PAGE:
Journey to the Nightclub of my Soul

There are, according to Dante, nine circles of hell. In no particular order these are Limbo, Lust, Gluttony, Greedy, Dopey, Sleepy, Sporty, Baby and Ginger. But should the day ever arrive in which the dark lord of the underworld decides that it’s time for an extension, he could do worse than to have ‘nightclubs’ as the official tenth circle.

There are, according to Dante, nine circles of hell.  In no particular order these are Limbo, Lust, Gluttony, Greedy, Dopey, Sleepy, Sporty, Baby and Ginger.  But should the day ever arrive in which the dark lord of the underworld decides that it’s time for an extension, he could do worse than to have ‘nightclubs’ as the official tenth circle.

Granted, there’s plenty of competition.  Like a list of hopeful nobodies up for the award of ‘best supporting actor’, the field is awash with ‘worthy’ nominees.  At the time the Master of Darkness put the last coat of paint on his nine circles there were so many fields of misery yet to be invented, much less perfected.  Stock broking had not been thought of, road rage was still in its infancy and was a totally different beast – probably a camel.  Reality show contestants whose thirst for fame rivals that of a peddler for a porter of stout were still thousands of years off.  Everything has changed.  It used to be said that idle hands are the devil’s handmaiden until facebook took over the job.

Mobile phones, email spam and chartered accountancy – worthy nominees, all of them.  However, there is no invention, indeed, no creation quite as dispiriting as the nightclub.  Yet for reasons that will forever remain a mystery to me, nightclubs were places to which we once wanted to go.  Upon reflection, it demonstrates an acute lack of imagination on my part.

Many societies have a rite of passage that is intended to test youngsters and usher them into adulthood.  Ritual scarring and tattoos are common to some civilisations, whilst others prefer a spell in the National Service.  We, however, have nightclubs.  Just as Perth is said to be the world’s most isolated capital city, the winner of the ‘nightclub’ division would surely be ‘The Dava’ in Mount Martha.  On a darkened seaside road it lurked, cut off from everything other than housing estates.  This meant that the only way to get there was by car, necessitating either a taxi fare that could easily be mistaken for a house deposit or that one of your group be saddled with the ultimate indignity that is the mantle of ‘designated driver’.  For whilst nightclubs are, without exception, loud, crowded and hideous, the only possible way to make the experience worse is by way of sobriety.  And because we were still on our p-plates, it meant that whoever was our designated driver faced the very real prospect of having to cough up four dollars for a Fanta.  But before you have the opportunity to splurge on fizzy drink, there is the small matter of gaining entry.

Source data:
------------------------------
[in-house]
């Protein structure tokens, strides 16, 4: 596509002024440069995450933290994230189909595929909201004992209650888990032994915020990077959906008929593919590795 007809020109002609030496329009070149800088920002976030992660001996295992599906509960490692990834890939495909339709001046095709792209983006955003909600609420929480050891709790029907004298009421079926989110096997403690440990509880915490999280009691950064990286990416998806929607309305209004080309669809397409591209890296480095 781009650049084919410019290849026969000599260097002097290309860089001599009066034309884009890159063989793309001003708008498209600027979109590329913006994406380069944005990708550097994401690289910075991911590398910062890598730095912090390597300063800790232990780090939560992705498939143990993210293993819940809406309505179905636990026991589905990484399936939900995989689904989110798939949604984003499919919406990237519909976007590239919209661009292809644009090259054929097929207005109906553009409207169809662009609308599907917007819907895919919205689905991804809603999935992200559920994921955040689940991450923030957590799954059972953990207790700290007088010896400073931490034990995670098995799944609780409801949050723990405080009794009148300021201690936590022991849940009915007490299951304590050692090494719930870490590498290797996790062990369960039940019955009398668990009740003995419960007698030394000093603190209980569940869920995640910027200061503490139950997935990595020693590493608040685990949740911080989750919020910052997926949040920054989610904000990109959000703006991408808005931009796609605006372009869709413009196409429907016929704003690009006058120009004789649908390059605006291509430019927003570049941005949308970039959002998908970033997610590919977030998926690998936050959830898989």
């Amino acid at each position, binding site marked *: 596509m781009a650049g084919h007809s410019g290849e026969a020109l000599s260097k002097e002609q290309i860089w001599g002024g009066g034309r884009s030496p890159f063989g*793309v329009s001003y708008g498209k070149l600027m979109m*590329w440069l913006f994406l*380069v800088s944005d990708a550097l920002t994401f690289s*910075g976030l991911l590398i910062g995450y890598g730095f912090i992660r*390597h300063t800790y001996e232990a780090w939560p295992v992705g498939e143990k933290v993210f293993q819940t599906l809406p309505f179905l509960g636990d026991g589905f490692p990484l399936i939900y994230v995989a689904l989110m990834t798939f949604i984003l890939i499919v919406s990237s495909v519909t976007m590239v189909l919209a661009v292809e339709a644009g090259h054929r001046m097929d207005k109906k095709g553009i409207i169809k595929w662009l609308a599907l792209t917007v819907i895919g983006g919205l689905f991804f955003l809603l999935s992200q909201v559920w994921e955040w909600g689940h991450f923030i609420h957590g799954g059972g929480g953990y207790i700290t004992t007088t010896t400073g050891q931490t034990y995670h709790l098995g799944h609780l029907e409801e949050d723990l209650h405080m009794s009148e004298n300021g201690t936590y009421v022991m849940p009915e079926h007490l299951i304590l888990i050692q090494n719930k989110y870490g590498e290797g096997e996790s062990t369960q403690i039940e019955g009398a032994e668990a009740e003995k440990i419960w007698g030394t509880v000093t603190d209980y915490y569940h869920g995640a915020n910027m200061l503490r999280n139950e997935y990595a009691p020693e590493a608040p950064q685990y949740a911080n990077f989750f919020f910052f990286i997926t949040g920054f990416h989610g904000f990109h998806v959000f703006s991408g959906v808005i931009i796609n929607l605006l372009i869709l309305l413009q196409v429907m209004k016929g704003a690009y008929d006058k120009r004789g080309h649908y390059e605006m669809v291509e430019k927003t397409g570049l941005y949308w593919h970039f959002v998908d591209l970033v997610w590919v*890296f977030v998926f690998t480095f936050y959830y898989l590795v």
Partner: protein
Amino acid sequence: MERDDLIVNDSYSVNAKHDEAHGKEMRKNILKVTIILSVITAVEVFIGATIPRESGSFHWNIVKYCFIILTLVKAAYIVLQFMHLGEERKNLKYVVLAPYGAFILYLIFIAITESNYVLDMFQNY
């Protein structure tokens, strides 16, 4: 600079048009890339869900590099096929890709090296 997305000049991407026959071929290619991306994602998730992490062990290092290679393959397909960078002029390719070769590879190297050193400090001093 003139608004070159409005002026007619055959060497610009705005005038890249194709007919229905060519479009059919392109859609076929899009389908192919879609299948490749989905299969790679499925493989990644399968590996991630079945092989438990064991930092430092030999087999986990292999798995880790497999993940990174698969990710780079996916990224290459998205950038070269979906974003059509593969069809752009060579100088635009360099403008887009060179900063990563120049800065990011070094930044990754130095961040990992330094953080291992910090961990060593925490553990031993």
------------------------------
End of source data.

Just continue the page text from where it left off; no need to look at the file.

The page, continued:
Getting in was always a challenge.  Not because we were under age (we weren’t) or because we were causing trouble (we were unfailingly polite) but because entry to these places was strictly regulated by very large men using an unknown, unpredictable and invisible criteria.  I’ve no idea what the rules were, but they were largely based on an assessment of your footwear.  This was particularly true of nightclubs on the Mornington Peninsula, where quality footwear was an attribute prized above all others.  At that time there was nothing quite as shameful as limping away from door with the words ‘not with those shoes’ ringing in your ears.

It is true of all nightclubs that the ritual of being assessed at the door creates the illusion of exclusivity.  Being granted access always felt like an achievement at least on par with completing year 12.  Ideally, it too would have come with a certificate instead of an ink stamp, the outline of which would haunt the back of your wrist with the persistence of a bad tattoo.

Once inside, you rubbed shoulders, elbows and pretty much every other part of your anatomy with your fellow occupants whether you wanted to or not, such was the demand for space.  As I remember it, every night at the Dava was identical, with the same band forever on stage.  It was as though they were being held hostage in basement and allowed out on a nightly basis to perform.  That band was Andrew Hosking and Coupe De Ville and they played cover songs like a veritable human jukebox. Much like Dorian Grey, there must have been a portrait of ‘the Coupe’ resting somewhere in an attic, slowly surrendering to old age whilst the band remained immune.  Night after night, they churned out songs from hell’s own FM playlist to successive generations of eighteen year olds who – having gained entry – had no idea of what to do next.  Much like the Wiggles for intoxicated teens, they would have watched from the stage as one generation of fan was replaced by the next.  Until, presumably, there were no more.

I have long since stopped going to nightclubs.  As a result, I never wonder whether my footwear is to a suitable standard.  I believe the Dava no longer caters to restless teens and now firmly pitches its wares to the family market.  Perhaps it too grew up.  As to the whereabouts of Andrew Hosking and Coupe De Ville, I couldn’t say.  My only hope that someone remembered to release them from the basement.  I’ll admit that I’d love to know whether they’ve had to adapt to maintain a sense of musical currency – spitting out the latest by Bieber and Gaga and the like – or whether they remain as they were, as frozen in time as an overpriced daiquiri you purchased by accident and barely had enough money to pay for.  But wherever they are you can rest assured, ‘the Coupe’ remain forever onstage in the nightclub of my soul.

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